Tea-house by the River

Tea-house by the River by Mortimer Menpes. 1901. Watercolor. Source: Japan: A Record in Colour, facing p. 20. [Click on the image to enlarge it.]

Much later in the book, Menpes visits Osaka, already a busy industrial hub, where he admits that "Western ugliness has invaded certain quarters." Yet even here he feels that "the artistic feeling predominates," and is charmed by the buildings on the river banks.

The quaint roofs, although formed in straight lines, seem to rise and fall in gentle undulations. There is nothing abrupt or rugged; nothing jars. And the colours are as varied as the roofs. In the upper reaches of the rivers the scenes never cease to charm. Clusters of half a dozen boats forming a mass of decorative woodwork, tea-houses with tiny gardens running down to the water’s edge and gaily-dressed geishas leaning over the trellised verandahs, light bridges thrown in graceful outline against the purple horizon, — all combine to complete a picture as broad as a study by Rembrandt, as infinite in detail as a masterpiece by Hobbema. [103]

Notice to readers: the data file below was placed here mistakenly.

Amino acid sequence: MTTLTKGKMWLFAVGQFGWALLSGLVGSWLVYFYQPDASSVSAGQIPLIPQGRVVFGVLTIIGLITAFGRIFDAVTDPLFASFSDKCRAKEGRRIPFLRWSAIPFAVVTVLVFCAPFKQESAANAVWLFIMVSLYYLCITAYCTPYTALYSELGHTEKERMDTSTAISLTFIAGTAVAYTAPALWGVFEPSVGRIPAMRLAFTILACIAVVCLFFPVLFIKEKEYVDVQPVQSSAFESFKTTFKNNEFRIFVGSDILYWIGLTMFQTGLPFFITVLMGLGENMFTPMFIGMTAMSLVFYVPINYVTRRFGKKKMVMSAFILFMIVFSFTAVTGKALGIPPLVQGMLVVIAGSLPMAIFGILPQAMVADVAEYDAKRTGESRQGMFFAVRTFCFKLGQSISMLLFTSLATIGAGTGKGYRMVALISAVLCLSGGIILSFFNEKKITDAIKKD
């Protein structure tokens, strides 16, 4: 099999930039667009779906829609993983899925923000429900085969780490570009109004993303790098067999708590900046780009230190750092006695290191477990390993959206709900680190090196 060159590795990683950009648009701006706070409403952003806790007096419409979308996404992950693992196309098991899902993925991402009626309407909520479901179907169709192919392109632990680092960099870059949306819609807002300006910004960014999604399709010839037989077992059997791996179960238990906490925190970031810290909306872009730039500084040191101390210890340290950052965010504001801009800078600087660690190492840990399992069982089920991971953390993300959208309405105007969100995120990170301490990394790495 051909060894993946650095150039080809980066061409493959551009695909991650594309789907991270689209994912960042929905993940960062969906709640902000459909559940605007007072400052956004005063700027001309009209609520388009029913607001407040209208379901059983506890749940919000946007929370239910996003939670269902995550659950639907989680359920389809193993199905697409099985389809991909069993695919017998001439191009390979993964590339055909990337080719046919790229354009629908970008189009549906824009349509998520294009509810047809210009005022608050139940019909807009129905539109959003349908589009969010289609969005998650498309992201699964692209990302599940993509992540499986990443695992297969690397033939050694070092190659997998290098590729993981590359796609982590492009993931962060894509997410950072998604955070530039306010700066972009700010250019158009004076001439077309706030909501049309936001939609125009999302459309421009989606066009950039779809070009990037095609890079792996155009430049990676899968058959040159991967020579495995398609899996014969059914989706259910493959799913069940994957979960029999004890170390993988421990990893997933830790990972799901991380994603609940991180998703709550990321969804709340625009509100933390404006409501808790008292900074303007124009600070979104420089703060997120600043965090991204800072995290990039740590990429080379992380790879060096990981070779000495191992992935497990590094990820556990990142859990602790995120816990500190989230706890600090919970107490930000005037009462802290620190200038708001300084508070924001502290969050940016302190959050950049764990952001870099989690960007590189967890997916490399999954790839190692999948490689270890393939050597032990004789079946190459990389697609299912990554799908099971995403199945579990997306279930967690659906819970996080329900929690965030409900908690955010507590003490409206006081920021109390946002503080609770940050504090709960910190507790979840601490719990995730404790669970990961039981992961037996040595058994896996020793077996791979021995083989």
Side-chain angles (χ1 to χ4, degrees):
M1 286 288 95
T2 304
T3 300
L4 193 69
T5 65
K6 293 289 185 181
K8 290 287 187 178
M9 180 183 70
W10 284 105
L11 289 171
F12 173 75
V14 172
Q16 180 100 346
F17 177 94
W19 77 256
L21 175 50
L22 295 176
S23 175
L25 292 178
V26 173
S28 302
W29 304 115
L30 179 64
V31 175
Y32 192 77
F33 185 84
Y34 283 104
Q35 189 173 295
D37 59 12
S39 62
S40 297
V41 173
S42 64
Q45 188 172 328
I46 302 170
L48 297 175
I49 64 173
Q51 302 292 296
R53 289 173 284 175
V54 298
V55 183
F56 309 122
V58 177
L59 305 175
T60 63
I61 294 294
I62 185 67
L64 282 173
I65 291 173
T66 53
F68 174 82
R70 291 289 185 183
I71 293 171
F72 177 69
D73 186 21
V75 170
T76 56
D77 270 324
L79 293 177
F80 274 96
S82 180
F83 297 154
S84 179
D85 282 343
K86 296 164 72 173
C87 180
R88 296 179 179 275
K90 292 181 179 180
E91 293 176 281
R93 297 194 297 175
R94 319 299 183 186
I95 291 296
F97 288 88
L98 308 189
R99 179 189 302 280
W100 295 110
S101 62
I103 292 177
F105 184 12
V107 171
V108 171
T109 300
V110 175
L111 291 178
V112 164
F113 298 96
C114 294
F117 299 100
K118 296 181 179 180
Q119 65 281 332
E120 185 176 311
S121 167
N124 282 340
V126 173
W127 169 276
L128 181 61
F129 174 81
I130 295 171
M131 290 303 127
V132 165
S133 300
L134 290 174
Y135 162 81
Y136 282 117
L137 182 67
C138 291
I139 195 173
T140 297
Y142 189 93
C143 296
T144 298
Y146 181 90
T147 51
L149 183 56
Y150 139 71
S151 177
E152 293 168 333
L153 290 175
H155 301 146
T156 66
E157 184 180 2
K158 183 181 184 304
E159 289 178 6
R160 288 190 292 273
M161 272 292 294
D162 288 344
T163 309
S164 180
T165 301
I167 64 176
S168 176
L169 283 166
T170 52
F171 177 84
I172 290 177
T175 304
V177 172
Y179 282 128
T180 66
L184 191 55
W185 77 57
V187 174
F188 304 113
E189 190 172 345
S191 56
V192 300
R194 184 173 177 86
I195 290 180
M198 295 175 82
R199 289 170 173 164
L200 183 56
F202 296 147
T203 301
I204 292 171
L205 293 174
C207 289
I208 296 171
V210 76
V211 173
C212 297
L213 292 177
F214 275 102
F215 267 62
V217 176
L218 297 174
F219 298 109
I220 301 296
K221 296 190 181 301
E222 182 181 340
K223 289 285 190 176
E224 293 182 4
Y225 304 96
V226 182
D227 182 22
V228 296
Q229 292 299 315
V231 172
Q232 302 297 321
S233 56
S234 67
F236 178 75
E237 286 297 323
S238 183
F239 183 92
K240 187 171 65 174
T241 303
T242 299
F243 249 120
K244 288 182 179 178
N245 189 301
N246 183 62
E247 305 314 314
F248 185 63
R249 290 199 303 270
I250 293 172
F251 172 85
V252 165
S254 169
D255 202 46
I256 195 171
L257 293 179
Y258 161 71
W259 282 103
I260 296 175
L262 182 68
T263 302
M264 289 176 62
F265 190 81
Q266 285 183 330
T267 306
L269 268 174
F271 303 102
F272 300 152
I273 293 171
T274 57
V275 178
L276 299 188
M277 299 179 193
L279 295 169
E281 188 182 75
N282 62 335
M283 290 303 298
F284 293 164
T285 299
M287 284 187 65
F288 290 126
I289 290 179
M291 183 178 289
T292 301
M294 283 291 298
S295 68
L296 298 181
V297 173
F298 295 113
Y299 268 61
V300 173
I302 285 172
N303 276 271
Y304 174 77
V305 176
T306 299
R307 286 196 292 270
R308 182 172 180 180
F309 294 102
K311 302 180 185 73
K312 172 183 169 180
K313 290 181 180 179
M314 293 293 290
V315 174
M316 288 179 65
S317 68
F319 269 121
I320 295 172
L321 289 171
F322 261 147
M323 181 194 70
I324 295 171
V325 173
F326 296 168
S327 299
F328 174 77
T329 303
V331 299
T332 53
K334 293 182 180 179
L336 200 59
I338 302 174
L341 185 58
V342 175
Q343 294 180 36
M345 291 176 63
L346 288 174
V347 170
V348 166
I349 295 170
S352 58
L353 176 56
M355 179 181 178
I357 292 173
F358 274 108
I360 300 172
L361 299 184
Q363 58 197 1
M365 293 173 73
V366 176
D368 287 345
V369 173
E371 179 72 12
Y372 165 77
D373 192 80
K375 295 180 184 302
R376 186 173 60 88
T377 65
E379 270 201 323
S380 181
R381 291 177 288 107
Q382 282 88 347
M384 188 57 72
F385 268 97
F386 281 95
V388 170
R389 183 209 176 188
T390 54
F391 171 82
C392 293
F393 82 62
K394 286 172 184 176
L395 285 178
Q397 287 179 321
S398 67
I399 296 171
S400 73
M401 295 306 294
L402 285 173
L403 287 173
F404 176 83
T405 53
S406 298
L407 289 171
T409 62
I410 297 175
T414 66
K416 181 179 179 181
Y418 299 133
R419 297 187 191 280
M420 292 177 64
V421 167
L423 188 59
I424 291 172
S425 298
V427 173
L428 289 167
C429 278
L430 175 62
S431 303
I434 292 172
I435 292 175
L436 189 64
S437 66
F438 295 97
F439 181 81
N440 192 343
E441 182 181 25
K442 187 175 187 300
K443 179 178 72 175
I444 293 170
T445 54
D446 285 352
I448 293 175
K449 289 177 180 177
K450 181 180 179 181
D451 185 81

There are no boats or bridges in the painting itself, and the scene may well be set in Kyoto, but here at least are the quaint, undulating roofs and the tea-house right at the water's edge. — Jacqueline Banerjee

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Menpes, Dorothy. Japan: A Record in Colour. London: Adam & Charles Black, 1901. Internet Archive version of a copy in the University of California Libraries. Web. 21 June 2019.

Created 21 June 2019